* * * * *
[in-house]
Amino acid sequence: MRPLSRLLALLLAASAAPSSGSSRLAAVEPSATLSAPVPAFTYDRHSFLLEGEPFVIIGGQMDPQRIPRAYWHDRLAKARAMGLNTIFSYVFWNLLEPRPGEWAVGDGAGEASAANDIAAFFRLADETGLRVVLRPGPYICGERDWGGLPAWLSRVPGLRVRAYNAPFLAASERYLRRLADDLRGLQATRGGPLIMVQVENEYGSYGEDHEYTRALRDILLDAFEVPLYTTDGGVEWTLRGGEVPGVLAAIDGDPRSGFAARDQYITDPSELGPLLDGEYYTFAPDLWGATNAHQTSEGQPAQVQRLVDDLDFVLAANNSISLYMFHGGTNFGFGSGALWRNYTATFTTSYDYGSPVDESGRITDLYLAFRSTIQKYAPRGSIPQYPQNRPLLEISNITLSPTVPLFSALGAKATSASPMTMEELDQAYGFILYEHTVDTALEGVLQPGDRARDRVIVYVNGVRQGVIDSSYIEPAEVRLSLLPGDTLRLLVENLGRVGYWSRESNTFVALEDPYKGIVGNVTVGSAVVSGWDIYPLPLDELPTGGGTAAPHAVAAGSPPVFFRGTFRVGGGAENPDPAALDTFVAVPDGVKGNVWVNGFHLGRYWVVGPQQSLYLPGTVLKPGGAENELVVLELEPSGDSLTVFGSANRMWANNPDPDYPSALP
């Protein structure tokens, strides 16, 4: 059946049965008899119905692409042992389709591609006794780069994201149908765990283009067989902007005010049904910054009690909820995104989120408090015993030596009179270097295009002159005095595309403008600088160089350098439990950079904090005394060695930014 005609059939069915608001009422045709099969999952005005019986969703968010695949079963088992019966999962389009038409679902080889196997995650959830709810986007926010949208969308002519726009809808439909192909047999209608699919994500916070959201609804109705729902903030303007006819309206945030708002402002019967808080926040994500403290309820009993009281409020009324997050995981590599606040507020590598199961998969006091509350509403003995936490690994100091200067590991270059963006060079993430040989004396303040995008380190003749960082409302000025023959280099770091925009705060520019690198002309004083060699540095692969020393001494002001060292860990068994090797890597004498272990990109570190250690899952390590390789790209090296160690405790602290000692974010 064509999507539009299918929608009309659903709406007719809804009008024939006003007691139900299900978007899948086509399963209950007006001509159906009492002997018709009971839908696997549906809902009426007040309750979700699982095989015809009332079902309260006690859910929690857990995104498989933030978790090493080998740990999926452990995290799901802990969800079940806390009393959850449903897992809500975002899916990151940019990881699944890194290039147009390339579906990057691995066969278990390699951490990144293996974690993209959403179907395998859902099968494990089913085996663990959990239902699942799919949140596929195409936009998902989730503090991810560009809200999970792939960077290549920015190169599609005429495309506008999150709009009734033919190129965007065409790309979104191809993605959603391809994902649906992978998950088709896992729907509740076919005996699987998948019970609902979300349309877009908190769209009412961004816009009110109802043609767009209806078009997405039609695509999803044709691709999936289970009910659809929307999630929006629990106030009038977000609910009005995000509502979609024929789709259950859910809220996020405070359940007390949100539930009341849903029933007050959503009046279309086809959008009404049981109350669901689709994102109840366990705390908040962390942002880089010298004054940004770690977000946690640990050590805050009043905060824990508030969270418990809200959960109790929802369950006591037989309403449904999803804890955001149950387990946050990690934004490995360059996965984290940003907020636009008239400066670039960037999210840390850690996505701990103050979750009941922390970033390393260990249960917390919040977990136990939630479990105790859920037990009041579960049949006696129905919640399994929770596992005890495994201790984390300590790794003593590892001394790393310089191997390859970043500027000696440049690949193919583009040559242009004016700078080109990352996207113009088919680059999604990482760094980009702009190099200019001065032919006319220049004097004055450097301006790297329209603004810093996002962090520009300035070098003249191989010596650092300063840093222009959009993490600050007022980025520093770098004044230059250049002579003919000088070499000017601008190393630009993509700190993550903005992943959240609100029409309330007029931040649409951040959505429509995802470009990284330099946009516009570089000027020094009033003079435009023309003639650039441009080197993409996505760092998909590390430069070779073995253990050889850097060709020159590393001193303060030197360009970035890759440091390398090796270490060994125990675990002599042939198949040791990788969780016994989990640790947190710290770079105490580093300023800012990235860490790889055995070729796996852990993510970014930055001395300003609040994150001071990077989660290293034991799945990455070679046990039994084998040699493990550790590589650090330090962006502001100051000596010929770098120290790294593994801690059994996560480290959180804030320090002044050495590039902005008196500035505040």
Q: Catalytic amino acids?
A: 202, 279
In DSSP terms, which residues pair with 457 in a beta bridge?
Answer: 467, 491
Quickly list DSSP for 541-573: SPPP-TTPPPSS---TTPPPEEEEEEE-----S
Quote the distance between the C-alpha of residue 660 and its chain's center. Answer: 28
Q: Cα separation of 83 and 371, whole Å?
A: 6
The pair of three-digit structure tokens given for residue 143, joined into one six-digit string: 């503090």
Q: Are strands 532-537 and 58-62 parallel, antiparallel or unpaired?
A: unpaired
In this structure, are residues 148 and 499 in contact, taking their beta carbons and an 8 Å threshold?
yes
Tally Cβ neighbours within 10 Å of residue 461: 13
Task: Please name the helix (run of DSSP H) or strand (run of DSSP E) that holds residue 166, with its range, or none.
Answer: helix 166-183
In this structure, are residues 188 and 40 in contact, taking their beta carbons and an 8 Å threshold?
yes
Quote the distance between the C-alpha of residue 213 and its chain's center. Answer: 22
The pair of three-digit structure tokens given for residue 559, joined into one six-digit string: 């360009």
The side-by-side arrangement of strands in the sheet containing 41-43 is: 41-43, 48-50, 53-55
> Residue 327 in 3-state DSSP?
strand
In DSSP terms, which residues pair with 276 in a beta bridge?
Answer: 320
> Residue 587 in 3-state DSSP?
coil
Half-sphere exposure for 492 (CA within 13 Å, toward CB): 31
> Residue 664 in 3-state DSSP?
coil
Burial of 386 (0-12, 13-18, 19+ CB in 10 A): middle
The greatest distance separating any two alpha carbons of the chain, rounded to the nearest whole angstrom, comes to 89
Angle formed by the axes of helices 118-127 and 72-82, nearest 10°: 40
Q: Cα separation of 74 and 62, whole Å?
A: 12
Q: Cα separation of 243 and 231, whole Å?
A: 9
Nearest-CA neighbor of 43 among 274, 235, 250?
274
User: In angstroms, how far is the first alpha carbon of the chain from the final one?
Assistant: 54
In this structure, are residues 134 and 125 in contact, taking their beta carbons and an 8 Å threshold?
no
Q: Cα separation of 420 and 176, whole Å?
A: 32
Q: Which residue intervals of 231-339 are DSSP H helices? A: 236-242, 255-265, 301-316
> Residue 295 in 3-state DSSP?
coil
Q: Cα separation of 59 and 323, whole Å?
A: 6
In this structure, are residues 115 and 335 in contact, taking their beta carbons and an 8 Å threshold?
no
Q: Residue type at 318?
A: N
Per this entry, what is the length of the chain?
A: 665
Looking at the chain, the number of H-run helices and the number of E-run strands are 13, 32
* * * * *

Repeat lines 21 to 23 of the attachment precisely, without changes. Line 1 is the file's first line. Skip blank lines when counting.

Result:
yes
Quote the distance between the C-alpha of residue 213 and its chain's center. Answer: 22
The pair of three-digit structure tokens given for residue 559, joined into one six-digit string: 């360009």